Sustainable land management using controlled gullying in 'jagidol' areas

An indigenous technology to help control channelled water during the rainy season and conserve it during the dry season

For more than two centuries, local farmers have promoted soil and water conservation by protecting the gullies which occur naturally between rice terraces; thus the land area is called ‘jagidol’ (jagi=rice, dol=gully). The small perennial streams which flow through the terraces are protected by constructing check dams and retaining walls to reduce the danger of erosion and collapse.

During the monsoon, the channels or trenches can become engorged and, since their walls are not reinforced (except for grass planted at the edges), the conduits can be easily eroded. When the erosion is severe enough, the edges of the terraces adjacent to the gullies can collapse. When many gullies collapse at once, the stability of the entire hillside is threatened with catastrophic consequences for the village situated above the planting area. Villagers have traditionally used local materials and expertise to maintain the gullies and reduce soil erosion by building retaining walls across the slope which are strengthened through plantation. The retaining walls are bio-engineered using a combination of bamboo poles, rocks, and soil-filled sacks. Bamboo poles are used for the backbone of the support structure, and rocks and soil-filled sacks are used to line the sides of the channel. Local grasses such as 'sitto' are planted on the top and, as they grow, their roots help to anchor the structure. When the channels are fortified by retaining walls and planting, they become entrenched and, over time, less maintenance is required. As a bonus, when the plants grown along the gullies mature, they provide biomass for the farm and fodder for cattle. During winter, when water is scarce, farmers modify the gully system by constructing check dams which can be used to collect water in one place. These dams are useful for irrigation during the dry season and they also help to prevent bed scouring.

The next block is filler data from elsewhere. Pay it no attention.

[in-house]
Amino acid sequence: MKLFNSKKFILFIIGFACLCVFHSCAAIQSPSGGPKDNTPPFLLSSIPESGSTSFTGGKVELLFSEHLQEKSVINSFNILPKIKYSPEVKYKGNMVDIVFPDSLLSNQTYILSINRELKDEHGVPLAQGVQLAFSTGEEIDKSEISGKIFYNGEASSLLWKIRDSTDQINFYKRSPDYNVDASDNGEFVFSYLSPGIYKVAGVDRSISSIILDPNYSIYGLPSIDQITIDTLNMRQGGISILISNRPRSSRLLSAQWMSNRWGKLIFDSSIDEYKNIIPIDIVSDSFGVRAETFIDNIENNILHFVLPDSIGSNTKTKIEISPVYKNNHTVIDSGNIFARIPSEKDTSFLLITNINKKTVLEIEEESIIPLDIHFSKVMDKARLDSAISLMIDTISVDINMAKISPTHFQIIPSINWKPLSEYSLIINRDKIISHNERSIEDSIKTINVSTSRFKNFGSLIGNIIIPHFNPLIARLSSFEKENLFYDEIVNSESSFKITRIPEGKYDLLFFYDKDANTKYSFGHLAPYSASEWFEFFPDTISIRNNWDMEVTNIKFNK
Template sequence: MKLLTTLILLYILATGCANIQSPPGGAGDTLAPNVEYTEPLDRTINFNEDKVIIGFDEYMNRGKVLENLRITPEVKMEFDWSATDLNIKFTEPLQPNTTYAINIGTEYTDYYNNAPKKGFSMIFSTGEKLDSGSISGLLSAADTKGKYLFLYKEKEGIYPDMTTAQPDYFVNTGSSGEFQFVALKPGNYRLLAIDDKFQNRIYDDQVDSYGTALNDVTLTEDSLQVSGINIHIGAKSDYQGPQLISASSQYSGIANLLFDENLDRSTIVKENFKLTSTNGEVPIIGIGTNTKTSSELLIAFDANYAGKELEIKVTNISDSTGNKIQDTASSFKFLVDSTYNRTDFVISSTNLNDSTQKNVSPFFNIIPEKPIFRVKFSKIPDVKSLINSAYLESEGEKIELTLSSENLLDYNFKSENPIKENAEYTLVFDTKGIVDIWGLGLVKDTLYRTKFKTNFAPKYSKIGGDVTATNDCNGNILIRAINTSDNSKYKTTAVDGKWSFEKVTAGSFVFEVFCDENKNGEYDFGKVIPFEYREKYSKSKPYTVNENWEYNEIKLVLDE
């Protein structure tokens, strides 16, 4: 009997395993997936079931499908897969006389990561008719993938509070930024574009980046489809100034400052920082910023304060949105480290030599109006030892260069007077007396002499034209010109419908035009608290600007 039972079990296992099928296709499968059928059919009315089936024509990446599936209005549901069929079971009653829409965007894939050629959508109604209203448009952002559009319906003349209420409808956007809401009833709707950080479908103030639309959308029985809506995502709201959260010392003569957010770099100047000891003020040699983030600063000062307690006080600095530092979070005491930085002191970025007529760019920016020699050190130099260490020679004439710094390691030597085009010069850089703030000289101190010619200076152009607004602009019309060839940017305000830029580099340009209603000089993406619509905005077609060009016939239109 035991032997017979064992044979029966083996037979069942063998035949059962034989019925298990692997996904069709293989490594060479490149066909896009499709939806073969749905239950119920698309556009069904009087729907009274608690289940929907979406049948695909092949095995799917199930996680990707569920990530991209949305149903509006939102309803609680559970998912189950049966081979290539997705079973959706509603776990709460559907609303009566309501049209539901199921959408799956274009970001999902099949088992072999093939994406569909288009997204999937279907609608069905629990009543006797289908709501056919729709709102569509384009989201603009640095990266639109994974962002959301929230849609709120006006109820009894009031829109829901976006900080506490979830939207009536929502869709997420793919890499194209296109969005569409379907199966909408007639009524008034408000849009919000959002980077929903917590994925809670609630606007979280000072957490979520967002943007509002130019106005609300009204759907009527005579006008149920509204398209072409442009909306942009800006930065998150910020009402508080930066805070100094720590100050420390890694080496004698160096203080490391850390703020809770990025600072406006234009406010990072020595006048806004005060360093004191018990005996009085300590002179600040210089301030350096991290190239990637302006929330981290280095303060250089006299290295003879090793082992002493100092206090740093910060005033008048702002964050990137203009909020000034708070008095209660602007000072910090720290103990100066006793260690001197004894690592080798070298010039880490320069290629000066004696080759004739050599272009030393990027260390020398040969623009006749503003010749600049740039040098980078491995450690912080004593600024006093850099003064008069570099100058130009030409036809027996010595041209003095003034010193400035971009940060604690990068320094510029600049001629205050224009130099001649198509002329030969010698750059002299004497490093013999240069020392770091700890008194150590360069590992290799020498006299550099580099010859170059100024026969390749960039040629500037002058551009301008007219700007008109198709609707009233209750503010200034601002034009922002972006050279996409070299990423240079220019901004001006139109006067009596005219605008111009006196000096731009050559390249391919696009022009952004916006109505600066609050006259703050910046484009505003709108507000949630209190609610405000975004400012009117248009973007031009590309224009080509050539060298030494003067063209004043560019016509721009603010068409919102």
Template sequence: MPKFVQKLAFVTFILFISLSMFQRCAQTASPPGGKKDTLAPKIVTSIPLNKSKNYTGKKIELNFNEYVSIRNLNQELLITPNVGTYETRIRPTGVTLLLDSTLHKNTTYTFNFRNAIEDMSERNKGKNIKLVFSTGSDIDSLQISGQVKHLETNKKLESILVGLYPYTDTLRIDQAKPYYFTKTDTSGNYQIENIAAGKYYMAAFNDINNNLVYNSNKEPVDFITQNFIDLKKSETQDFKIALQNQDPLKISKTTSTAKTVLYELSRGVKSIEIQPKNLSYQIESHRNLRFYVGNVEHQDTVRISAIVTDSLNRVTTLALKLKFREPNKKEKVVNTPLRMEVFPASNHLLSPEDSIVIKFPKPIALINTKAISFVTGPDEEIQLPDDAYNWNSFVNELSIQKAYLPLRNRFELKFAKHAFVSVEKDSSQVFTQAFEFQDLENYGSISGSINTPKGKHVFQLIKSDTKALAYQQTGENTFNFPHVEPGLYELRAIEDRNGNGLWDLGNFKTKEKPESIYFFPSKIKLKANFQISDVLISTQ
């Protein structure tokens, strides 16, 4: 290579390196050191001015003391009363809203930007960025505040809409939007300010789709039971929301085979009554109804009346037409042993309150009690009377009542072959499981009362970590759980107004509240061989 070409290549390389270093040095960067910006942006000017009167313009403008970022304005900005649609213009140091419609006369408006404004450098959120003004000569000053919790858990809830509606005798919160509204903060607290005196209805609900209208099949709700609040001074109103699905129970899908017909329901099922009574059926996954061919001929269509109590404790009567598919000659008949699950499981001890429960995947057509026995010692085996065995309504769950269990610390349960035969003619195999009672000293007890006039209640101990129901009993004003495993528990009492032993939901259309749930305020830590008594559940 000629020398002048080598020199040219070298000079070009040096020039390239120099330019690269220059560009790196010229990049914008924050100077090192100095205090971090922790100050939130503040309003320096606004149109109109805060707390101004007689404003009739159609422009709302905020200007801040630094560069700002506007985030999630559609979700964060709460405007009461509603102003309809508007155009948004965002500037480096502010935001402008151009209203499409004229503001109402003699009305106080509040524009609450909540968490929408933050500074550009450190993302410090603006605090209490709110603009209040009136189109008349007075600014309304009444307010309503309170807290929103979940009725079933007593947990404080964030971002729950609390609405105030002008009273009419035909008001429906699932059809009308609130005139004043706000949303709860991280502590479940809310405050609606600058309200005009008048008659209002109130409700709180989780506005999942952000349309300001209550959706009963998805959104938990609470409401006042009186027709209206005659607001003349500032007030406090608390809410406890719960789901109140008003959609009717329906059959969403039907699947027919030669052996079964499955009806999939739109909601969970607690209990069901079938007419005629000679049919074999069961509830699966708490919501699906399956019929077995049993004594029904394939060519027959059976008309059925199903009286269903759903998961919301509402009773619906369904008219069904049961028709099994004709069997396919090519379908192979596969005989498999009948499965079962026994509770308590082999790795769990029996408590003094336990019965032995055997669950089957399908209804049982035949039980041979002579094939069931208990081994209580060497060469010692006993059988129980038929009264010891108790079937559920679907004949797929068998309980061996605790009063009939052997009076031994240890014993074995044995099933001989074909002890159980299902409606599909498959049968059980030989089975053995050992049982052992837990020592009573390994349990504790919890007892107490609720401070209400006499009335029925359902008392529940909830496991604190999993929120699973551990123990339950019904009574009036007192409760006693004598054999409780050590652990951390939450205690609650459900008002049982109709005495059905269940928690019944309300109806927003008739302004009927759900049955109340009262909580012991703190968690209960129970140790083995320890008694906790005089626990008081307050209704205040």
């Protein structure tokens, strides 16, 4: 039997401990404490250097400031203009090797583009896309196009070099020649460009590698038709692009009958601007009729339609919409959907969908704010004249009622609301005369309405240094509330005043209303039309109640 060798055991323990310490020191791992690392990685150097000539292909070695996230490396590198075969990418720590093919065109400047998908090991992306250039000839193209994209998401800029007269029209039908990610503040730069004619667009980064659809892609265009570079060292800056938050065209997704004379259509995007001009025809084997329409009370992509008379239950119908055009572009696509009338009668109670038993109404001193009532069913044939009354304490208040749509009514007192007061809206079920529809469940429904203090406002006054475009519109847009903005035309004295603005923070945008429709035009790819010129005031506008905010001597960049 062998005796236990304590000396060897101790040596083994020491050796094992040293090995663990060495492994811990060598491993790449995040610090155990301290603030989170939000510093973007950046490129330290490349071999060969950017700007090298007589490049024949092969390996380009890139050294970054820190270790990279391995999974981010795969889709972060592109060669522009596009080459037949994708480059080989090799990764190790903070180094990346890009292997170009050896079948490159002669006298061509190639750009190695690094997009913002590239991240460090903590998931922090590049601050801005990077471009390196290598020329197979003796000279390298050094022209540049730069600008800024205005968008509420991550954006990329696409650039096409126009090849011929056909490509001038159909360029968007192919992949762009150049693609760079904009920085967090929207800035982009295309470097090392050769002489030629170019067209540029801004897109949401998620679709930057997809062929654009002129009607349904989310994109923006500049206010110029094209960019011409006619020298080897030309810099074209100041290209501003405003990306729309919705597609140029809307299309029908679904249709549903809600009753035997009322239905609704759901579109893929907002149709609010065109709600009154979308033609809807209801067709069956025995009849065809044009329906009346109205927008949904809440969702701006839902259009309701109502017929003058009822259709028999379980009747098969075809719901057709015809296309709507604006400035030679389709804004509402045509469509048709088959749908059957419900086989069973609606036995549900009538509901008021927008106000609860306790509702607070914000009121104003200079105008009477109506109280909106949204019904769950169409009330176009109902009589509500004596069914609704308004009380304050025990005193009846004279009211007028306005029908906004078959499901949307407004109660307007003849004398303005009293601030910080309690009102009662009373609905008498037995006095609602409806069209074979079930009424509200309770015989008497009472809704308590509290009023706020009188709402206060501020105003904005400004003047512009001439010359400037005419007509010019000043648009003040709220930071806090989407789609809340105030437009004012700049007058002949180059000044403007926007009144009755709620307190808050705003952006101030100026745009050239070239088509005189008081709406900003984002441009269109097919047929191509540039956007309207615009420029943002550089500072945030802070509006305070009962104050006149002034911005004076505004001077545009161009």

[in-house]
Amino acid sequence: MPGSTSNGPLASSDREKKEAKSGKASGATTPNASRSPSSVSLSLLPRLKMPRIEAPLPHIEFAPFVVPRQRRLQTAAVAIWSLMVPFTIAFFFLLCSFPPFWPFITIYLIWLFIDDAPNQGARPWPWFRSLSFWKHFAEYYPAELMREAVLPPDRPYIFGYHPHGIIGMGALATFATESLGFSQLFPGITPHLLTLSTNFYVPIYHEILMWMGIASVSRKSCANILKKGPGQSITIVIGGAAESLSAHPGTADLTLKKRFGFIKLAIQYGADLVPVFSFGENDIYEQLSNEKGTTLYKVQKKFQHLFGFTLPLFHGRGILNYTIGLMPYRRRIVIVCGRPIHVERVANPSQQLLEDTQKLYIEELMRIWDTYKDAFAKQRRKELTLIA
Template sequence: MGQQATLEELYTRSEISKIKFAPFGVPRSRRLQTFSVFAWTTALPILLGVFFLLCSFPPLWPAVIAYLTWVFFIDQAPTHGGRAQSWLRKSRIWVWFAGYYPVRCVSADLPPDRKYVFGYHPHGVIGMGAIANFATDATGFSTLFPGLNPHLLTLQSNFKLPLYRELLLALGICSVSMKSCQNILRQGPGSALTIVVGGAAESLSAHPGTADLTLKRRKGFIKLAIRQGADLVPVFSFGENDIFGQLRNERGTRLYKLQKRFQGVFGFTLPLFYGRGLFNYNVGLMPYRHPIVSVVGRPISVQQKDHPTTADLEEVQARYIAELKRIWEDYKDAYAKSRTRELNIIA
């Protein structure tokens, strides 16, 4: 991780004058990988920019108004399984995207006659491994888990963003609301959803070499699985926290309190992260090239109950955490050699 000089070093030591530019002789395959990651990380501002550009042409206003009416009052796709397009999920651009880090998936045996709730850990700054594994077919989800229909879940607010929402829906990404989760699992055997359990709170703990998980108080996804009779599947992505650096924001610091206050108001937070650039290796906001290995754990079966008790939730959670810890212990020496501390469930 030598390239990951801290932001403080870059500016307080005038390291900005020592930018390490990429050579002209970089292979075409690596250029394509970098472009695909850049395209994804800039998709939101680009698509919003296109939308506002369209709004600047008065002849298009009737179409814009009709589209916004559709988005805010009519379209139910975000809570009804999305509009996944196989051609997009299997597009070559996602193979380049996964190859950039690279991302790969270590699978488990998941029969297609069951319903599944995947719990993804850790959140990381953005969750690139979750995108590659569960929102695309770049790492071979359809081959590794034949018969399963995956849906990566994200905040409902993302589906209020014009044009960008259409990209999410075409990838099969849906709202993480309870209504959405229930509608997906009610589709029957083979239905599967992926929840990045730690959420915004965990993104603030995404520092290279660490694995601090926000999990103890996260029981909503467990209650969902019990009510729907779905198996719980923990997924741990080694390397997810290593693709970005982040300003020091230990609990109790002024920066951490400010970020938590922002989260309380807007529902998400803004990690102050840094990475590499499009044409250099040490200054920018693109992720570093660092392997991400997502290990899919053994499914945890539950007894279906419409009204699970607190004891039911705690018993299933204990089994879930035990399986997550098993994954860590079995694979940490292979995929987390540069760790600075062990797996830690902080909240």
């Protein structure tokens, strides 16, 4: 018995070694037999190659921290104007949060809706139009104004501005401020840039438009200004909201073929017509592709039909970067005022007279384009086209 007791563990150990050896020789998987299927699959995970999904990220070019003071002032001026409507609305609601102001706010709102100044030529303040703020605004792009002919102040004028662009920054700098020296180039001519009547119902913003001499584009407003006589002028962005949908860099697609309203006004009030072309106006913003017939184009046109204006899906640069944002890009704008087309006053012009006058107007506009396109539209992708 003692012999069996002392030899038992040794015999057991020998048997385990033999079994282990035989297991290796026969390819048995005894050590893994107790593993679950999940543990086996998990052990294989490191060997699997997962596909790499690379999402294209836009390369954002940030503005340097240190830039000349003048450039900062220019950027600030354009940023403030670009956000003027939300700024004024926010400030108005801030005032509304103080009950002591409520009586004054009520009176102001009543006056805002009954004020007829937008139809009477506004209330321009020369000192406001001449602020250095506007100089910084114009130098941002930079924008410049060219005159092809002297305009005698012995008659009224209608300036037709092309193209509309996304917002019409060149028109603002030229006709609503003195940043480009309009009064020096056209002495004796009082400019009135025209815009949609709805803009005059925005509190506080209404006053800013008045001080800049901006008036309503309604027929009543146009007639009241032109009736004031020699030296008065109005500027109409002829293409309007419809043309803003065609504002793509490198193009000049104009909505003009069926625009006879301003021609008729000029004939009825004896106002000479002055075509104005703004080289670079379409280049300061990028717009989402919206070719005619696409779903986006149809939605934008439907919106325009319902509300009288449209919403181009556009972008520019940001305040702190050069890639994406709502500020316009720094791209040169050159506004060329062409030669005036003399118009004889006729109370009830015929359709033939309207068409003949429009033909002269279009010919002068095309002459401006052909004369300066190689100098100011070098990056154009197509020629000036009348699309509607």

WOCAT database reference: QT NEP 25

Location: Sharada Batase VDC,

Kabhrepalanchok District, Nepal

Technology area: 1.1 km2

Conservation measure(s): Vegetative, structural, and management measures

Land Use: Waterways, drainage channels, ponds, dams 

Stage of intervention: Mitigation/reduction of land degradation

Origin: Has been practised for generations by the local communities

Climate: Subhumid/sub-tropical

Related approach: Gullies – a traditional sustainable land management practice (QA NEP 25)

Other related technology: Gully plugging using check dams (QT NEP 14)

Compiled by: Sabita Aryal Khanna, Kathmandu University

Date: December 2010, updated March 2013